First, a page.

Friday, January 29, 2010

An Interview with ...Joan McGowan Michael

Once a week I post interviews with interesting designers about their insights on their experience of working in the Knitting industry. I’ve noticed that every designer makes their living in a slightly different manner bringing their own unique presence to the Knitting world.

Joan can be found here on Ravelry and at her website here

Where do you find inspiration?
I find inspiration from movies, vintage clothing stores, magazines, and just shopping (even in places like Walmart). To me, fashion begets fashion and all the little details I see go into the big blender of my brain to be used at a future time.
What is your favourite knitting technique?
I love lace. I enjoy knitting it and I like the airy, delicate feel of items that feature lacework.
How did you determine your size range?
I’m personally smack in the middle of my size range, so I started from myself and graded up and down from my own size.
Do you look at other designers work or are you afraid that you will be influenced by their designs?
I look at everyone’s work, knitwear, crochet, cut and name it. I may be inspired by pieces that already exist in some form, but by the time I’ve had my way with them they are a whole new item. Many of the items in my book Knitting Lingerie Style were inspired by garments I’d done many years ago for Frederick’s of Hollywood except for the fact that they were knitted.
How do you feel about the so called controversy of “dumbing down” patterns for knitters?
I think certain knitters need that sort of simplicity. Others don’t. I think the consumer dictates what they want and will find and buy what they need.
How many sample/test knitters do you have working for you or do you do it all yourself?
I have used sample knitters but many of my garments are so fitted that I need to do some of the fitting as I knit to work out the pattern.
Did you do a formal business plan?
Yes, at some point we did, but it is a fluid entity that changes as the need arises and the market evolves. We update it as often as we find necessary.
Do you have a mentor?
No, not really. I have been at this for about 12 years now and was working in a vacuum without much contact with other designers for the first few years, so I guess I blazed my own trail.
Do you have a business model that you have emulated?
No, and I say that because when we first began White Lies Designs, there were not a lot of sites selling primarily knitting patterns. It was all about winging it and developing the business model as we went along.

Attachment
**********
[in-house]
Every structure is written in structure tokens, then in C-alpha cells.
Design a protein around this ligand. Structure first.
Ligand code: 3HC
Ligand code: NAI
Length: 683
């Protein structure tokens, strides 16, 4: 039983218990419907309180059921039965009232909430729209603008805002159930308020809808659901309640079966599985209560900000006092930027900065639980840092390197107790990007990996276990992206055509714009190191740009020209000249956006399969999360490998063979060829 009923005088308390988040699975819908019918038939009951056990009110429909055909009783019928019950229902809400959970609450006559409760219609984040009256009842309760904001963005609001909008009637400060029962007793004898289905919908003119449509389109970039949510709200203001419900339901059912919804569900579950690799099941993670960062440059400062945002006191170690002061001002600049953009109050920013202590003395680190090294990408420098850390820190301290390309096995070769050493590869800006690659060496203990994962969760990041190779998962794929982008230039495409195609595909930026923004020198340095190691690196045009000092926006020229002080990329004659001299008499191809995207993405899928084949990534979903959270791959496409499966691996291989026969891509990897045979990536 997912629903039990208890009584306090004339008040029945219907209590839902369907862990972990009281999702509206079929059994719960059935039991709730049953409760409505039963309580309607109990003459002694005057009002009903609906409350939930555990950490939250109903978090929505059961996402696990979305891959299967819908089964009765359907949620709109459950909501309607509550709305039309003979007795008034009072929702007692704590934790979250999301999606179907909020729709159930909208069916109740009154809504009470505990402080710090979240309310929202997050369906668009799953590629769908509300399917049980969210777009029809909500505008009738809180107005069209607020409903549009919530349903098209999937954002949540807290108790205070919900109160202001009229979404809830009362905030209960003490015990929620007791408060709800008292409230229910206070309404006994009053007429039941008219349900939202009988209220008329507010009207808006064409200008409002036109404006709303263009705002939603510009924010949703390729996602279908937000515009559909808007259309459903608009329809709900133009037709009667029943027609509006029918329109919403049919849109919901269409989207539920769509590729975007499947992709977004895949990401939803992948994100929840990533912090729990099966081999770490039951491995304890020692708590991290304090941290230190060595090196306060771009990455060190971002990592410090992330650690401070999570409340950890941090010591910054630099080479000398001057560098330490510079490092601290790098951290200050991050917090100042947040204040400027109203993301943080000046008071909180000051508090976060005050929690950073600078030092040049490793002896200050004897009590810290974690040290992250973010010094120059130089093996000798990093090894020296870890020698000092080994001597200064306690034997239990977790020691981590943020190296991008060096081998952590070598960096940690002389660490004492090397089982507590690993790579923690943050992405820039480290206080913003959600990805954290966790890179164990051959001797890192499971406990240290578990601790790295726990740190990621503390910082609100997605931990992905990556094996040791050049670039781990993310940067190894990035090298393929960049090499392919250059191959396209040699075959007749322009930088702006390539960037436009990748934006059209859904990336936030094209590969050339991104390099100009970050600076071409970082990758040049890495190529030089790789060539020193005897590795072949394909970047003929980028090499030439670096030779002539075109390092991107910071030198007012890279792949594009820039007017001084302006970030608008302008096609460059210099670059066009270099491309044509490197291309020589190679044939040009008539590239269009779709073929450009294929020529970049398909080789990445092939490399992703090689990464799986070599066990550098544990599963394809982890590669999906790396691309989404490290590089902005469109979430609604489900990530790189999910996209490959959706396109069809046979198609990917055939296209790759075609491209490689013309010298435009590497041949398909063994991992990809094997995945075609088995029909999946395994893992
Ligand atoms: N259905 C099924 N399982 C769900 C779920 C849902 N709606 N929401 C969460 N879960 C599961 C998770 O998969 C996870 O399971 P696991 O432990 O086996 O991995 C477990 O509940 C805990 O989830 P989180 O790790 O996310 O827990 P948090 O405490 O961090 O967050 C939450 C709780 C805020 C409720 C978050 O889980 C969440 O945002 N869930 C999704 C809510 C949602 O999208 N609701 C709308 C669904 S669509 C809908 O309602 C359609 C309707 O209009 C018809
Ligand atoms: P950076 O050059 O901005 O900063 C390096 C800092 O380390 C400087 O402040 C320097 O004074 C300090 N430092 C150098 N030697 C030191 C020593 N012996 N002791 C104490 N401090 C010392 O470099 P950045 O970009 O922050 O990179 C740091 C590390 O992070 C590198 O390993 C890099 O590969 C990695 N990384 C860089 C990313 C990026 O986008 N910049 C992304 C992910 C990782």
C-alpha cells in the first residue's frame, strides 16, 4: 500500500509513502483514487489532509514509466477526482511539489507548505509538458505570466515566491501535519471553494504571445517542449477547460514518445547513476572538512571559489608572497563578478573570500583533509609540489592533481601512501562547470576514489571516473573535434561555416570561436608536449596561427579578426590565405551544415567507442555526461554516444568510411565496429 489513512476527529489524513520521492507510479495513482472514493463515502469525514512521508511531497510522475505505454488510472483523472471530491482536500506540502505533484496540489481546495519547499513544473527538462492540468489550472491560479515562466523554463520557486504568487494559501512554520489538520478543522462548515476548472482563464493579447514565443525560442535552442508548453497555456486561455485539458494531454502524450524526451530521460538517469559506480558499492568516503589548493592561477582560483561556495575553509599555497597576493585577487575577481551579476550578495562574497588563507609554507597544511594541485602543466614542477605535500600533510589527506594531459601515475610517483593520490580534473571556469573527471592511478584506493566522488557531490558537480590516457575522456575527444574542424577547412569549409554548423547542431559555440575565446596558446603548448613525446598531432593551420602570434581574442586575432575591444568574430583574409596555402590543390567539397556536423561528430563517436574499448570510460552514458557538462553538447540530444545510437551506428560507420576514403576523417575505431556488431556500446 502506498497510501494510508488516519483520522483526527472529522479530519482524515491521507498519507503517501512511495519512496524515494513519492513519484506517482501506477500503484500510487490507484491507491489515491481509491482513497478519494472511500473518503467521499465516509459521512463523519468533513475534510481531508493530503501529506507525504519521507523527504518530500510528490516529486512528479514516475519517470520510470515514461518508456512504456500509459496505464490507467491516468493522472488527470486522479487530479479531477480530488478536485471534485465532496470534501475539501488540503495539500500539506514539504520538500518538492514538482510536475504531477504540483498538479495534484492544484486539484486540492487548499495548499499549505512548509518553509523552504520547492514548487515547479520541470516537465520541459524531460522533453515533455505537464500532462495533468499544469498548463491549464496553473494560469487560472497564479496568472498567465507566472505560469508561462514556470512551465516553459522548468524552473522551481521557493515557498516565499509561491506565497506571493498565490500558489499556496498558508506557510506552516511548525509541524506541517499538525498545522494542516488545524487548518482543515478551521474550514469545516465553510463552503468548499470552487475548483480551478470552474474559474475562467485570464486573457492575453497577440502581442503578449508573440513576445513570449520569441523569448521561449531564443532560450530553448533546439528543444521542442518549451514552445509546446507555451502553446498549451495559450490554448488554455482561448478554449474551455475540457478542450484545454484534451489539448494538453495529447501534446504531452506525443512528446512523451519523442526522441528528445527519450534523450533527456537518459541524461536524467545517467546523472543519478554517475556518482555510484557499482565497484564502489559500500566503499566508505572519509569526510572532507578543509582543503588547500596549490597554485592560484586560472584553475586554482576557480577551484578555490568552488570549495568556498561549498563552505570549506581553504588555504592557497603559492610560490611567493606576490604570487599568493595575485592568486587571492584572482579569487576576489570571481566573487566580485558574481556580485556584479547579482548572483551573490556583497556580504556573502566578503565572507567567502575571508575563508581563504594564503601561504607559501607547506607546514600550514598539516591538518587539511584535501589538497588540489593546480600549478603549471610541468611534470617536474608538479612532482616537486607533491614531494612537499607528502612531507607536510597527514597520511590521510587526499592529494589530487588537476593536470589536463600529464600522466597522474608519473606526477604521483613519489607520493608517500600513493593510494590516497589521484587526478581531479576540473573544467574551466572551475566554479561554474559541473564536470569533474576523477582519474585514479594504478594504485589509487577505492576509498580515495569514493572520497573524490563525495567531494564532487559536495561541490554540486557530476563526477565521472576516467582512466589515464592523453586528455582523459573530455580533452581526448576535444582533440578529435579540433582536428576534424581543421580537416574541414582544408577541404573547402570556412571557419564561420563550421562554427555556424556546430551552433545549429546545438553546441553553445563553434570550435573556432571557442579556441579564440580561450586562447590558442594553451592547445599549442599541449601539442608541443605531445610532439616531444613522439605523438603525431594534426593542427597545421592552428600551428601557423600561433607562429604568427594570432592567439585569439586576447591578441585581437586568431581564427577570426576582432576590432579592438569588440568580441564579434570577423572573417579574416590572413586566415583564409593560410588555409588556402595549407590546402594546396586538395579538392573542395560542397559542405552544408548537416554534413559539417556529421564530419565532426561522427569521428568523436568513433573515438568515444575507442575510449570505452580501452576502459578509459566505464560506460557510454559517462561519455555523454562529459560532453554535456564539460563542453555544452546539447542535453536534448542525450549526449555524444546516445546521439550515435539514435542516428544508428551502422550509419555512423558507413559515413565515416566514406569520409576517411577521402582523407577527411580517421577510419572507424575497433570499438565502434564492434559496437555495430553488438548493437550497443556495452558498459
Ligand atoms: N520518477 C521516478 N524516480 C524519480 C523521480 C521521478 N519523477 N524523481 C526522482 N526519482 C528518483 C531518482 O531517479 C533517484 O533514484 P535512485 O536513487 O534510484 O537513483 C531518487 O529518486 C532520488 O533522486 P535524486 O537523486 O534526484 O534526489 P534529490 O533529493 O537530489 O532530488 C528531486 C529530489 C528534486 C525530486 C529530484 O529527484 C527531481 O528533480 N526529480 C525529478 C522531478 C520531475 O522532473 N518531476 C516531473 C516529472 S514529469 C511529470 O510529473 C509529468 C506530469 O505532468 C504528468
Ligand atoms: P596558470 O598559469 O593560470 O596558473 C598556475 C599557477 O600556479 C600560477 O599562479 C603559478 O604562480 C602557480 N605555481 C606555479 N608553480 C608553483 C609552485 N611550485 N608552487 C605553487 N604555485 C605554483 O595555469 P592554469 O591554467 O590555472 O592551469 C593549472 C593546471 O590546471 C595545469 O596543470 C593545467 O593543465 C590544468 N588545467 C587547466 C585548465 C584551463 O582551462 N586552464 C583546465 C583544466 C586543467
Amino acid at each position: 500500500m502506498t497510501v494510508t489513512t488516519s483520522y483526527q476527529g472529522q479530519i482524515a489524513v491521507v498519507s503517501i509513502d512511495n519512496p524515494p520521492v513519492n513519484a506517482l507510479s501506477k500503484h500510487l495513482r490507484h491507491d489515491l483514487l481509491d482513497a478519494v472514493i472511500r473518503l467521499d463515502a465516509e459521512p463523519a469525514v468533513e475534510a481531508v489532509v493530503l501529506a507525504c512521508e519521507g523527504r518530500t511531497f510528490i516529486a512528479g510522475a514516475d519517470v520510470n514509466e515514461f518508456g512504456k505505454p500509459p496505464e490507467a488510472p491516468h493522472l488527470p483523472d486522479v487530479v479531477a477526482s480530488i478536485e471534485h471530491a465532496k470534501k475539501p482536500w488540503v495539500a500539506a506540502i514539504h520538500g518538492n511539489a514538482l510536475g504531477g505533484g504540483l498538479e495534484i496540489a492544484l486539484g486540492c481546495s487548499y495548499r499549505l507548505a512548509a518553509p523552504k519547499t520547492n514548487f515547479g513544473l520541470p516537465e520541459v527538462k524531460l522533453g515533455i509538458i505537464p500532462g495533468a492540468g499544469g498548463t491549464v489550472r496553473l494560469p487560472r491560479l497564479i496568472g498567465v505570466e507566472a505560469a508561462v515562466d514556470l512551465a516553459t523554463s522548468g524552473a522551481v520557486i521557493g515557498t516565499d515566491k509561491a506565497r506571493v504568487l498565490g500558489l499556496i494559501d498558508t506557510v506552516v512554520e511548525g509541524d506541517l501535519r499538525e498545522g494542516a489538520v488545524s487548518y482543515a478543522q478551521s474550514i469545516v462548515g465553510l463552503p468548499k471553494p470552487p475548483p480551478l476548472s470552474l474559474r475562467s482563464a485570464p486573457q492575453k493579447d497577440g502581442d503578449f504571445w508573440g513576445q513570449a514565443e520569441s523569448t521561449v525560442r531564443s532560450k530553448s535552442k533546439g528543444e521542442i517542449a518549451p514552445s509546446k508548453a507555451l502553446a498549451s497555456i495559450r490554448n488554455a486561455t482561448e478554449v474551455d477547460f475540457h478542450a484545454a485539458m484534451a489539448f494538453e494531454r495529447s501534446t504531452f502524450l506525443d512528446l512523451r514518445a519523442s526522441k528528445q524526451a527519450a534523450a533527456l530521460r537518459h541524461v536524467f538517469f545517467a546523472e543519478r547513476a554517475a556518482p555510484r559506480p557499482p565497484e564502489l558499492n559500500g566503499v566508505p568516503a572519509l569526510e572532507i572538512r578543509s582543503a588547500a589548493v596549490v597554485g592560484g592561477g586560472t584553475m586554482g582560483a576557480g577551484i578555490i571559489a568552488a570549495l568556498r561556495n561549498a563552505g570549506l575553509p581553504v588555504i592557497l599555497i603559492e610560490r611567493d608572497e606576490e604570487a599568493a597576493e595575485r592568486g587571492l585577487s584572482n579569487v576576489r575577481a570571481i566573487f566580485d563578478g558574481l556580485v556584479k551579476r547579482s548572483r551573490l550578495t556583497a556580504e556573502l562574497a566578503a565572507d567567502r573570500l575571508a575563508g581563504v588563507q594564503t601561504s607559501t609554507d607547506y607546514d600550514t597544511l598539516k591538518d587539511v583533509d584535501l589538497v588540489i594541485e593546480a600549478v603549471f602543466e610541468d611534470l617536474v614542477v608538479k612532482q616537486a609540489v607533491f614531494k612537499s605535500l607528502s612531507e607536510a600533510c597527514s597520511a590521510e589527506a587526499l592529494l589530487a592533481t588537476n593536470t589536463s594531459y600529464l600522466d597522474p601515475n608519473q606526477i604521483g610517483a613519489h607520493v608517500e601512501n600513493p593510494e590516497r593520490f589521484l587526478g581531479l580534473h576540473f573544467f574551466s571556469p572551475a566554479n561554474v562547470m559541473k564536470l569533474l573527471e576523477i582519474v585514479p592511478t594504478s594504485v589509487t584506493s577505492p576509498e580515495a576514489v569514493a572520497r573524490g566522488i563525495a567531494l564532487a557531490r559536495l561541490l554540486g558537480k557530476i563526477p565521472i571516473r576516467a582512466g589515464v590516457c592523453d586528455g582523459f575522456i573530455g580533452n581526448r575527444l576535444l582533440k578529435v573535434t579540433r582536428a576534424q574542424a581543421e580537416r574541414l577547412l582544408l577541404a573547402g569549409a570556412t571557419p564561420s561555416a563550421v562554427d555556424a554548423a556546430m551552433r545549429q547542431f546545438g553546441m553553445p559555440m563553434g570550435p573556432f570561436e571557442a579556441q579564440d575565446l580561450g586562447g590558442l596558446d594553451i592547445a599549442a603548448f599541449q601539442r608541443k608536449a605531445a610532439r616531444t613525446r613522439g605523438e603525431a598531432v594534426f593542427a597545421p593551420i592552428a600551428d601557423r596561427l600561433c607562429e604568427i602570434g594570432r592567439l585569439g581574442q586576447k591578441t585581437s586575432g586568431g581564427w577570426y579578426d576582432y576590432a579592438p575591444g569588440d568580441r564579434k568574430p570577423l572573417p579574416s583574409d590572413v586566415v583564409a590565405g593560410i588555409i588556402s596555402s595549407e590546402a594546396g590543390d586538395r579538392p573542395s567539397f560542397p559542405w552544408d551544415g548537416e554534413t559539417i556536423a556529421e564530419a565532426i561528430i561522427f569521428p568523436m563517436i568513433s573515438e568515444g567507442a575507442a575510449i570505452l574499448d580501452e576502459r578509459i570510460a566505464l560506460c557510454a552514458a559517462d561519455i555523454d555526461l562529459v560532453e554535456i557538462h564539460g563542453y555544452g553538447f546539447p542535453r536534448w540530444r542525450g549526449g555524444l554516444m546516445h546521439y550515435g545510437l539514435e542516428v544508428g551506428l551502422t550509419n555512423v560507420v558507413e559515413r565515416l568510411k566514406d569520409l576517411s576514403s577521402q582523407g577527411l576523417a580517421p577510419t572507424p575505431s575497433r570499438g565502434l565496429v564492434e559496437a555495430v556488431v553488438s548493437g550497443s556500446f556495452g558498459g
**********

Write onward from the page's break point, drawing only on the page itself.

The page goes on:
What impact has the Internet had on your business?
It has had an enormous impact since we sell retail online.
Do you use a Tech Editor?
How do you maintain your life/work balance?
It’s difficult to do this since I have mixed my hobby with my livelihood, but one of the things I’ve had to do to maintain balance is take weekends off.. I knit on the weekends, but nothing else pertaining to work if I can help it.
How do you deal with criticism?
I examine it closely to see where it’s coming from and if the criticism is valid, I take it into consideration. Criticism can be an excellent tool for determining what you customer really needs and wants. For example we began offering smaller sizes due to complaints about our larger size range. I decided it was foolish to exclude smaller folks, so began to size down and our bottom line reflected the expanded customer base.
How long did it take for you to be able to support yourself?
White Lies Designs was supporting itself the first year we were in business, and within 2 ½ years was supporting the household. I say this with the caveat that the knitting industry was on the upswing at that time. Within the economic climate today, I wouldn’t expect to see those results in the same amount of time.
What advice would you give someone who wants to pursue a career in knitting?
At this point in time, I would have to advise any aspiring designers to hang on to their day job as long as possible. Remuneration can be sporadic, projects fall through, and fees are not what they should be for freelance designers. The market is just groaning under the weight of all the free patterns, cheap patterns, indy designers patterns and books that have hit the market in the last few years. It is a far different landscape now than when I got into the business and I can’t say that I wouldn’t feel intimidated by it if I were looking at knitwear design as a career today.
It takes talent, drive, professionalism, creativity in more than just designing and a very deep love of the craft to make a living at it.
On the positive side if you have what it takes, there is nothing quite like it. I love what I do; truly madly, deeply.

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